Is the Pill Bad for You?

July 19, 2012, 3:23 pmwomenshealth

Wondered about the pill's effects on bones and blood clots? Here are the answers.

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We answer commonly asked questions about the Pill


A 2010 study published in the Journal of Clinical Endocrinology and Metabolism found young women on low-dose oestrogen pills had a six per cent lower spinal bone density than non-users.

What’s happening? Natural oestrogen peaks can stimulate bone growth, but the pill keeps oestrogen levels steady, says study author Dr Delia Scholes.

“What we don’t know,” says Scholes, “is what happens to your bones when you quit the pill.”

In other words, though it might negatively affect bones, there’s no proof that taking the pill leads to osteoporosis or bone fractures.


Pill users are at a slightly higher risk of venous thromboembolism (VTE), blood clots that form in the legs. But risk depends on the type of pill.

A study in the BMJ found women on pills with drospirenone – a new synthetic progestogen – were about three times more likely to develop VTE than those on pills with an older progestogen, levonorgestrel. Even with drospirenone, the rate is only three in 10,000.

That slim possibility “shouldn’t be a deal breaker,” says gynaecologist Dr Ashlesha Patel. If you have a family history of blood clots, ask your GP about the ingredients in your pill.

Related Pill story: Safety warning on Diane-35


Whether or not the pill’s artificial oestrogen increases a woman’s breast cancer risk is still up for debate. A recent Boston University, US, study found that some pill takers had a 65 per cent higher risk of developing breast cancer than non-pill-takers.

However, a study published in the New England Journal of Medicine found the opposite – that past or current pill use did not affect breast cancer risk. The current bottom line is that if you’re already at high risk (if you have a family history) you should always get a second opinion before taking the pill.


Ever heard a woman say the pill makes her a crazy, moody she-devil? So far there are very few published clinical studies linking depression or anxiety directly to pill use.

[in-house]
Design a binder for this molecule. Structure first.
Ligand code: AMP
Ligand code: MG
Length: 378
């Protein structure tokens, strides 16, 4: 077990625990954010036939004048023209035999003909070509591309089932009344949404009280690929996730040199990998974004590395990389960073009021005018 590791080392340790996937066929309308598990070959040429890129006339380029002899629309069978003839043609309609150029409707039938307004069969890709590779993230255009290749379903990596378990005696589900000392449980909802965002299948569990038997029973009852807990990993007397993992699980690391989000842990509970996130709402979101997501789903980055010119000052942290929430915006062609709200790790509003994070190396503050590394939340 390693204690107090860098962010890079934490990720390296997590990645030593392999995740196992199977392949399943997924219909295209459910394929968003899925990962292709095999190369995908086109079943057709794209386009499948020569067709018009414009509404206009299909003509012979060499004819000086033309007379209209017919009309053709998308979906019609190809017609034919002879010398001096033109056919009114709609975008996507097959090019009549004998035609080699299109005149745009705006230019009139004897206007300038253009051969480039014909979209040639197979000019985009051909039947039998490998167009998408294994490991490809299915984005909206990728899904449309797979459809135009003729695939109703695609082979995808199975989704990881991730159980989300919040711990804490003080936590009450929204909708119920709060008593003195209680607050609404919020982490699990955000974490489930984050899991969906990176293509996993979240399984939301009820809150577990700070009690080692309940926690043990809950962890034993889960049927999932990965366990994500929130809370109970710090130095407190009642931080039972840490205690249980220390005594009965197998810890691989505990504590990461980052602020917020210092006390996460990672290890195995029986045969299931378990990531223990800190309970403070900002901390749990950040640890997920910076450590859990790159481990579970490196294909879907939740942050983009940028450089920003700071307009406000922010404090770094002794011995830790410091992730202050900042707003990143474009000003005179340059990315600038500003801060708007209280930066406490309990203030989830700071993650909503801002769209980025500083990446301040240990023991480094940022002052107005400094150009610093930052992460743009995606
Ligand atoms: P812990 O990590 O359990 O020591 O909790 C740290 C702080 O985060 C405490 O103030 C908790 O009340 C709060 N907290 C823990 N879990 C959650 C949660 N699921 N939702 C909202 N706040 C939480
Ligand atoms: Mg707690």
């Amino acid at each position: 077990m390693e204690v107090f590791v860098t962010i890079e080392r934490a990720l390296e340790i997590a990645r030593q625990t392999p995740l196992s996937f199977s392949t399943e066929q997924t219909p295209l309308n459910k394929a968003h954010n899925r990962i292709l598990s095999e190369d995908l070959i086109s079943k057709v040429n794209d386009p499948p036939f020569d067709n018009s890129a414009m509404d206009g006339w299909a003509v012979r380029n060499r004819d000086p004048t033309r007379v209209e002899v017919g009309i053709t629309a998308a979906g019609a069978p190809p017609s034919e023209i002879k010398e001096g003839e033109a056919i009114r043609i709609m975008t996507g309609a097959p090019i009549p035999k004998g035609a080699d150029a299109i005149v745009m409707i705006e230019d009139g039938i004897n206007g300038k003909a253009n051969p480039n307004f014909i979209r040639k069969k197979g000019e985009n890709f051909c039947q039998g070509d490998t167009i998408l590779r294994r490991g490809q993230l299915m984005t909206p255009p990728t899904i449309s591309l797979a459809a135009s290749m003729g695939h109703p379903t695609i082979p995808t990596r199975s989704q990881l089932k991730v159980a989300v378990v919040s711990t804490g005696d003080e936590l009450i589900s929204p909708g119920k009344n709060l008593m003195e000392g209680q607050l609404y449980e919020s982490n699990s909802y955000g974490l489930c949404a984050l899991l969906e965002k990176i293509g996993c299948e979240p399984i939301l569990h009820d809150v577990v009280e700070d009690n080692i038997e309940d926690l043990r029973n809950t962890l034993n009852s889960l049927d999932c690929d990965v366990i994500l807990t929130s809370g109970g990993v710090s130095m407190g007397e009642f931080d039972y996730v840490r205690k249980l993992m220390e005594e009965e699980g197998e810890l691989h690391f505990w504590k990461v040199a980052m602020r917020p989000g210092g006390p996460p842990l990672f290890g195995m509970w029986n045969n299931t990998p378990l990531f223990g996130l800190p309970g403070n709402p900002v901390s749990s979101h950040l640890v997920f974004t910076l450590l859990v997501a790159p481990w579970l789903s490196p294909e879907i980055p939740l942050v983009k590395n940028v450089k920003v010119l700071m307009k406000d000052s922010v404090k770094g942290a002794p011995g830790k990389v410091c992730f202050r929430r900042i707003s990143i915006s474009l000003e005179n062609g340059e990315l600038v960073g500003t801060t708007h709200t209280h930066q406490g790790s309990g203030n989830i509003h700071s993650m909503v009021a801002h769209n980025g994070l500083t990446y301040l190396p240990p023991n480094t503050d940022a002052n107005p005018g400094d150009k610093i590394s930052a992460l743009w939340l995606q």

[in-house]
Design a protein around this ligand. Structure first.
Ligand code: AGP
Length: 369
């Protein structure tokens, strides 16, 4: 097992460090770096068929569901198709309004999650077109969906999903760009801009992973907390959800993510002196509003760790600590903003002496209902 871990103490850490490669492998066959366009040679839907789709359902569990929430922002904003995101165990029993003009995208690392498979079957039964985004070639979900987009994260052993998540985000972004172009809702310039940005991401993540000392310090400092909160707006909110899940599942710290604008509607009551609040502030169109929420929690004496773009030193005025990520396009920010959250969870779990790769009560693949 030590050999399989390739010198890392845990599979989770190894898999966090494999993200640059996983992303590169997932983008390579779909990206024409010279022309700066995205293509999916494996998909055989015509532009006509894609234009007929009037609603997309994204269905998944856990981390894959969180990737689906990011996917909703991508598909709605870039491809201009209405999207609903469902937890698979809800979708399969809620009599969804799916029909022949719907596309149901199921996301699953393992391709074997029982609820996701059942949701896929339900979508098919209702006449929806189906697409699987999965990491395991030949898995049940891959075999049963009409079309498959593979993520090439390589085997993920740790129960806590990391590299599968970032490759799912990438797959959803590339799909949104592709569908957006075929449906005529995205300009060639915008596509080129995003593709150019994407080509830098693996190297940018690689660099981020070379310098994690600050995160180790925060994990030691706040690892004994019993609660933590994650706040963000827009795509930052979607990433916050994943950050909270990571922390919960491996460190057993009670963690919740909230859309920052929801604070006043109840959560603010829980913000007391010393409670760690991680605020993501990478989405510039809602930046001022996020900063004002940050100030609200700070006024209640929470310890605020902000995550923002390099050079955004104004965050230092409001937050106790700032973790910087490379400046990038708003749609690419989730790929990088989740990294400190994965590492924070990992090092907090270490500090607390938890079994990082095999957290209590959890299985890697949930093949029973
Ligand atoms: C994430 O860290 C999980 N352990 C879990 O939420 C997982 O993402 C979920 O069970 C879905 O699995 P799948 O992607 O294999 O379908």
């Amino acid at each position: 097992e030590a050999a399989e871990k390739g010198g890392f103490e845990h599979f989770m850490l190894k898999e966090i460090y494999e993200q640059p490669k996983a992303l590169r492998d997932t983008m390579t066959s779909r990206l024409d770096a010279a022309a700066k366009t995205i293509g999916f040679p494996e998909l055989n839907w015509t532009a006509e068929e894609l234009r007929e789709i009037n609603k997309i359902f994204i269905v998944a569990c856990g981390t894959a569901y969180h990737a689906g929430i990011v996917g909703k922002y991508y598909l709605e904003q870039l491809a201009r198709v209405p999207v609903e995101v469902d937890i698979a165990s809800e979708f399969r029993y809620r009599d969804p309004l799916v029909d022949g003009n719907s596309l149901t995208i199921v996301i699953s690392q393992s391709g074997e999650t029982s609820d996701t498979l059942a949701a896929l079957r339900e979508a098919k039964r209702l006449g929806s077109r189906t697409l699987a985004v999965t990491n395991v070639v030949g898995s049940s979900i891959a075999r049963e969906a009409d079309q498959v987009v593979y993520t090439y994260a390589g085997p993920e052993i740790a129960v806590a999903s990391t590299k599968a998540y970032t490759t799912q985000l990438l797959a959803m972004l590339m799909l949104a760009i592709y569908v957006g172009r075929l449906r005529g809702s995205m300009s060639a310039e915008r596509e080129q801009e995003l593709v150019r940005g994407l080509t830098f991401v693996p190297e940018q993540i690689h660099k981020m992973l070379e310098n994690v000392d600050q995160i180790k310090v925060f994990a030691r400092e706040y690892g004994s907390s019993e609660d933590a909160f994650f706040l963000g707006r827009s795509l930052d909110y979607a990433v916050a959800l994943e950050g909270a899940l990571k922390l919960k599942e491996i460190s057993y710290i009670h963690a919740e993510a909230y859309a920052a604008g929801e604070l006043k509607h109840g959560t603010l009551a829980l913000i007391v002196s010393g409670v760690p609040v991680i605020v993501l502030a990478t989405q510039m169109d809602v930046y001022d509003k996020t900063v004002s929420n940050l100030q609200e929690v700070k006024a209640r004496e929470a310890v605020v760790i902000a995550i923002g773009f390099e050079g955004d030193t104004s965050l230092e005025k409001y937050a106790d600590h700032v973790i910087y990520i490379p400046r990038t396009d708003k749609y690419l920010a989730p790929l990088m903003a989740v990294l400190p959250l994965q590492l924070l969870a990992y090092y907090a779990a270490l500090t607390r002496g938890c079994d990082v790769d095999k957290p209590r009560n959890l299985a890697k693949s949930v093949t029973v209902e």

Professor Jayashri Kulkarni, the director of Monash Alfred Psychiatry Research Centre in Melbourne and an expert in women’s mental health, is conducting an observational study due to be finished next year on the pill’s mental health side effects – something she believes affects millions of women.

“I’m not just talking about clinical depression or women who have a family history. We have many case studies of women who say that the pill makes them feel flat, or grey, or not quite themselves, or that they feel vague, or irritable or hostile. Then they come off the pill and suddenly things improve.”

In her research so far Professor Kulkarni has found women taking the pill were almost twice as likely to be depressed compared with those not on the pill.

It’s complex figuring out whether tampering with your natural hormone levels is what’s making you crabby. “Natural hormonal changes that occur in a menstrual cycle will affect our mood anyway. The majority of women get at least one premenstrual symptom, and sometimes going on a contraceptive pill can actually level out the ups and downs,” says sexual health physician Dr Terri Foran.

It’s established that oestrogen and progestogen alter the brain’s nerve circuits and affect your brain, and hormones have been linked to our moods since at least, ooh, the first time Eve cracked the shits at Adam in the garden of Eden. But science doesn’t know exactly how this works.

Whether taking the pill levels out your moodiness or makes you feel like jabbing a pen in your colleague’s eye could be to do with the type of pill you’re taking. Most contraceptive pills today contain both progestogen and types of oestrogen, but at varying doses.

But other types contain only one or the other hormone. Professor Kulkarni’s study results so far indicate it’s the progestogen that could be associated with lower mood.

“Progestogen-only contraception – the mini pill, Depo-Provera [the hormonal contraceptive injection] and Implanon [a hormonal contraceptive subdermal implant] – seem to create a worse depressive profile for those

women who are vulnerable.”

The hormone oestradiol (a type of oestrogen) on the other hand has been found to help women level out mood swings, which is why doctors often prescribe the pill to help treat PMS. A study from the University of Albany, US, found oestradiol decreased anxiety and depression in mice.

“It is a neuroprotective agent, so it’s actually quite good for mental state because it has that capacity to be like an antidepressant in the brain,” says Dr Kulkarni.

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